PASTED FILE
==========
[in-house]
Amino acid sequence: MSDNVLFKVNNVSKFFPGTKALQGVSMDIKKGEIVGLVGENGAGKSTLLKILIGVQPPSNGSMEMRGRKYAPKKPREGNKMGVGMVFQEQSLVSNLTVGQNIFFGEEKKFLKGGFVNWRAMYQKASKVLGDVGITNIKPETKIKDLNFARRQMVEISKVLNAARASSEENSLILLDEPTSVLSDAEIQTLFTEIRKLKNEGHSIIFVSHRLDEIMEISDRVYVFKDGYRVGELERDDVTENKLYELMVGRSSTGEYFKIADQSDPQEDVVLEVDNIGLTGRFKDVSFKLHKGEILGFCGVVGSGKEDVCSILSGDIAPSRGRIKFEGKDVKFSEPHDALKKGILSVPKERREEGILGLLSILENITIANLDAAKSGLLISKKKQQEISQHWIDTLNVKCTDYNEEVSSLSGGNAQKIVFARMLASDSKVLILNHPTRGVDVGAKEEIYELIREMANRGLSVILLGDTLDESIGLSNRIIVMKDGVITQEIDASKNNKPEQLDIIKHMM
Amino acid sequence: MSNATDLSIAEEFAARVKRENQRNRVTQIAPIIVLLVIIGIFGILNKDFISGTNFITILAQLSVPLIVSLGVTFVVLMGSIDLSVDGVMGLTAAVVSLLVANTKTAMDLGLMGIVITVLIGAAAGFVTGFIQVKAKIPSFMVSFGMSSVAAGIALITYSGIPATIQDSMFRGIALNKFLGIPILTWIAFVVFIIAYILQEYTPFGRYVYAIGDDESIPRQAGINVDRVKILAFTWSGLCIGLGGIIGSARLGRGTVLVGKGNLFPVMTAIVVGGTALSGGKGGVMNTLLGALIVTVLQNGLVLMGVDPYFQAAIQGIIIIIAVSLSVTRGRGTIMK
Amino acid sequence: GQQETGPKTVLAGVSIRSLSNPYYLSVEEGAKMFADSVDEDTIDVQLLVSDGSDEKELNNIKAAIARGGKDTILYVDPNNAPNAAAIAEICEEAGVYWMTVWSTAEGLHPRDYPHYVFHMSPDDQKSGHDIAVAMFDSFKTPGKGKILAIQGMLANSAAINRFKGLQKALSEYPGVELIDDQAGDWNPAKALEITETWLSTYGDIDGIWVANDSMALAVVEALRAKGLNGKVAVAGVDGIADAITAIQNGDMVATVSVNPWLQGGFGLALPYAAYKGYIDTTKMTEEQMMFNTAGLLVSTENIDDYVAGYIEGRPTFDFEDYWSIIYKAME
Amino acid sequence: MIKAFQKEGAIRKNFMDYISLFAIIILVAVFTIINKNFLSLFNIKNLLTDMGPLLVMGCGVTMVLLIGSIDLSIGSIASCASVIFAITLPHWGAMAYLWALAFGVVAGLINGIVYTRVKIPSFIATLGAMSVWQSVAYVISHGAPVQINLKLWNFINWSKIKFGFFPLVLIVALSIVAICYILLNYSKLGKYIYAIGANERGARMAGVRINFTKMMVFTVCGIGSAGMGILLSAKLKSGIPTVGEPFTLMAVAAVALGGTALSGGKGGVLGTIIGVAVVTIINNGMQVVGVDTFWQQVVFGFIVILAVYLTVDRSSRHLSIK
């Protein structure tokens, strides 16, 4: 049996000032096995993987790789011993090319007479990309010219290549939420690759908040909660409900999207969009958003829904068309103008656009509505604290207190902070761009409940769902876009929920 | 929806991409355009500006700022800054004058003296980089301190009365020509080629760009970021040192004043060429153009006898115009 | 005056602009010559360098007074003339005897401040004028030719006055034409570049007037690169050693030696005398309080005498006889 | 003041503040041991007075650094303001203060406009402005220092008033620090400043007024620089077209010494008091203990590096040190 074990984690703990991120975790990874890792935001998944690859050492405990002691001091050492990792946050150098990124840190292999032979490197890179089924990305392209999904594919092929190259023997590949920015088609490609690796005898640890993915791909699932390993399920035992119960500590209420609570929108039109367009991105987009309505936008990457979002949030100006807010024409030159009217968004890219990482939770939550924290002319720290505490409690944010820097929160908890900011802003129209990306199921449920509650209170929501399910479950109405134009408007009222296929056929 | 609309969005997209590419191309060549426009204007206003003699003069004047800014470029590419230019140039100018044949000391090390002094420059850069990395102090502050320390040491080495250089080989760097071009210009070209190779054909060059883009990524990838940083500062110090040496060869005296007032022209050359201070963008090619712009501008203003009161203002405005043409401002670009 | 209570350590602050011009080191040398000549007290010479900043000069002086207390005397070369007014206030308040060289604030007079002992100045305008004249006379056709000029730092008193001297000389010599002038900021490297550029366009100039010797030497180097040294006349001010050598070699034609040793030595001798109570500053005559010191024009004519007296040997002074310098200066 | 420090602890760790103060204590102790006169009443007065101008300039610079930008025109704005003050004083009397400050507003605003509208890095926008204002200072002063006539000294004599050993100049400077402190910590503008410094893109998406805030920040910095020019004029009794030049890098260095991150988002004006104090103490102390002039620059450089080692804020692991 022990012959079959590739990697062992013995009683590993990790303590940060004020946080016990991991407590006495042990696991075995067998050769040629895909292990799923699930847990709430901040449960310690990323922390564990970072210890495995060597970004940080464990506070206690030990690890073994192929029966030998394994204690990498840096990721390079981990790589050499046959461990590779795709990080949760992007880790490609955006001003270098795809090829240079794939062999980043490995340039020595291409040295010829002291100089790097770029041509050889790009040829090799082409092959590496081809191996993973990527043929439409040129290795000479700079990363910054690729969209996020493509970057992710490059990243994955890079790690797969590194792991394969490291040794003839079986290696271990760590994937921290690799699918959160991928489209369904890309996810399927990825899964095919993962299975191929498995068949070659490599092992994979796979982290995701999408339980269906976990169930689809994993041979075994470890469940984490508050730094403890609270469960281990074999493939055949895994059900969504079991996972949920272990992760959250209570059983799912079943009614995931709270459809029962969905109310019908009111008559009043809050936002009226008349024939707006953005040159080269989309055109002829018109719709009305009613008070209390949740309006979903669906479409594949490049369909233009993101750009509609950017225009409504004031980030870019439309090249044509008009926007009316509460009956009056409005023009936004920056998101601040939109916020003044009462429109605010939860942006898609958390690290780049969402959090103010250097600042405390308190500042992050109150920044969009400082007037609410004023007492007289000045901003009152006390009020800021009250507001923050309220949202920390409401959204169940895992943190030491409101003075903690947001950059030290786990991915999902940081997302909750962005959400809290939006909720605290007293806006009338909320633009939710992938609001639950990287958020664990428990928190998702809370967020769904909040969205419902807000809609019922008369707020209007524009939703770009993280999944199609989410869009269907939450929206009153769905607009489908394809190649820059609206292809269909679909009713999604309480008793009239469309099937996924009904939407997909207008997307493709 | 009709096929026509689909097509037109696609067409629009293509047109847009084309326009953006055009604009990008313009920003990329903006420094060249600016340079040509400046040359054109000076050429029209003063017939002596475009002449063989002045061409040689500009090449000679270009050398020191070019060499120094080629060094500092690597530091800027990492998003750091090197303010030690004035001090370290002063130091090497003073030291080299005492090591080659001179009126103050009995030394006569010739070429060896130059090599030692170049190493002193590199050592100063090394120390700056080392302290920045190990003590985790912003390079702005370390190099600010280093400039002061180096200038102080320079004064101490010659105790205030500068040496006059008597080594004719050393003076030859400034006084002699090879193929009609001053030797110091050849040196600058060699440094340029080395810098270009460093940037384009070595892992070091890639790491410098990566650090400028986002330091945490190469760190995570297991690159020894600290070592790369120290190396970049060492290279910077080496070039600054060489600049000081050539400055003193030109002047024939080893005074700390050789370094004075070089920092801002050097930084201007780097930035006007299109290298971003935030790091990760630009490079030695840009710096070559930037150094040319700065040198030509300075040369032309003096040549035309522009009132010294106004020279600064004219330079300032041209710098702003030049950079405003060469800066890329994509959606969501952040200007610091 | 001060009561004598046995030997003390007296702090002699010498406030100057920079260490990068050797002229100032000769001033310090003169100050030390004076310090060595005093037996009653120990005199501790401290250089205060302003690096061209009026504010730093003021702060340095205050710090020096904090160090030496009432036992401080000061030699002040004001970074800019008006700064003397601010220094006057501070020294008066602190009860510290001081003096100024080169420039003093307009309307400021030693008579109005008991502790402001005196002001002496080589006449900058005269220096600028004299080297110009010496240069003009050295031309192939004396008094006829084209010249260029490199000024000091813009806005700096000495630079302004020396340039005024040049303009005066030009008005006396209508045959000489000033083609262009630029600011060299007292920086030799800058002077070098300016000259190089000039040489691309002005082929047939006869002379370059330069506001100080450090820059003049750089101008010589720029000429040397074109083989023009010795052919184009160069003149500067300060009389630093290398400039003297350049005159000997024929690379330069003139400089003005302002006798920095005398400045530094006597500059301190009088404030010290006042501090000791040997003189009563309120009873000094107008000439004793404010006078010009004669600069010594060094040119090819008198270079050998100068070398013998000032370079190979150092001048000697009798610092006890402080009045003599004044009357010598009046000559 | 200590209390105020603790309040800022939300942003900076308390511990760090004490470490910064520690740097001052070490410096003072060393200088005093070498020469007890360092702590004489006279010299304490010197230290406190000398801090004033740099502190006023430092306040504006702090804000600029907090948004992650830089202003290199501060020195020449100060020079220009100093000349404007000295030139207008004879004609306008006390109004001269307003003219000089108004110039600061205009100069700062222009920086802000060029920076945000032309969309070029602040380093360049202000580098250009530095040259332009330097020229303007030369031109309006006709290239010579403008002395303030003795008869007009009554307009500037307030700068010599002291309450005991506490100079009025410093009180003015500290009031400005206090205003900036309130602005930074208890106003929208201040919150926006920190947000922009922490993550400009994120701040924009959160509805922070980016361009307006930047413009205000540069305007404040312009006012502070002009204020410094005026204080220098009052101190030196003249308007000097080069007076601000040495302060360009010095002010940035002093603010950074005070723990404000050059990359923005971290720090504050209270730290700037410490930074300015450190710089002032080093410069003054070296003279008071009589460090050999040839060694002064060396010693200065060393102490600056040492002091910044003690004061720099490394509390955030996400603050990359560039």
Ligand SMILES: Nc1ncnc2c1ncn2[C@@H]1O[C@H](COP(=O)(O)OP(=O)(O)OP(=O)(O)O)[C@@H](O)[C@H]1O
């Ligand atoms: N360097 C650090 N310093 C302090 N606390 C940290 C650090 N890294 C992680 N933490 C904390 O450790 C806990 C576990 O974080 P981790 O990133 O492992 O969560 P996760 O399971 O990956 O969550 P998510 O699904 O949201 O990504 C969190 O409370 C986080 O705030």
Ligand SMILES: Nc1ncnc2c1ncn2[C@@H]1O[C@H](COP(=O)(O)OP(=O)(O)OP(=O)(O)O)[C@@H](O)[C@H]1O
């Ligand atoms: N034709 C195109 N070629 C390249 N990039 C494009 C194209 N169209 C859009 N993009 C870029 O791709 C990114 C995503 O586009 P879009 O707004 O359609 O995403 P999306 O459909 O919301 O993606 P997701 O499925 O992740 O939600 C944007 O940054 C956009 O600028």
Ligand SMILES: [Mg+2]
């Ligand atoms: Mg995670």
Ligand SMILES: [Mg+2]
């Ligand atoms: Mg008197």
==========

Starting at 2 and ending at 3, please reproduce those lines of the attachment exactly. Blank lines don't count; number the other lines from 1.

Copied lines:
Amino acid sequence: MSDNVLFKVNNVSKFFPGTKALQGVSMDIKKGEIVGLVGENGAGKSTLLKILIGVQPPSNGSMEMRGRKYAPKKPREGNKMGVGMVFQEQSLVSNLTVGQNIFFGEEKKFLKGGFVNWRAMYQKASKVLGDVGITNIKPETKIKDLNFARRQMVEISKVLNAARASSEENSLILLDEPTSVLSDAEIQTLFTEIRKLKNEGHSIIFVSHRLDEIMEISDRVYVFKDGYRVGELERDDVTENKLYELMVGRSSTGEYFKIADQSDPQEDVVLEVDNIGLTGRFKDVSFKLHKGEILGFCGVVGSGKEDVCSILSGDIAPSRGRIKFEGKDVKFSEPHDALKKGILSVPKERREEGILGLLSILENITIANLDAAKSGLLISKKKQQEISQHWIDTLNVKCTDYNEEVSSLSGGNAQKIVFARMLASDSKVLILNHPTRGVDVGAKEEIYELIREMANRGLSVILLGDTLDESIGLSNRIIVMKDGVITQEIDASKNNKPEQLDIIKHMM
Amino acid sequence: MSNATDLSIAEEFAARVKRENQRNRVTQIAPIIVLLVIIGIFGILNKDFISGTNFITILAQLSVPLIVSLGVTFVVLMGSIDLSVDGVMGLTAAVVSLLVANTKTAMDLGLMGIVITVLIGAAAGFVTGFIQVKAKIPSFMVSFGMSSVAAGIALITYSGIPATIQDSMFRGIALNKFLGIPILTWIAFVVFIIAYILQEYTPFGRYVYAIGDDESIPRQAGINVDRVKILAFTWSGLCIGLGGIIGSARLGRGTVLVGKGNLFPVMTAIVVGGTALSGGKGGVMNTLLGALIVTVLQNGLVLMGVDPYFQAAIQGIIIIIAVSLSVTRGRGTIMK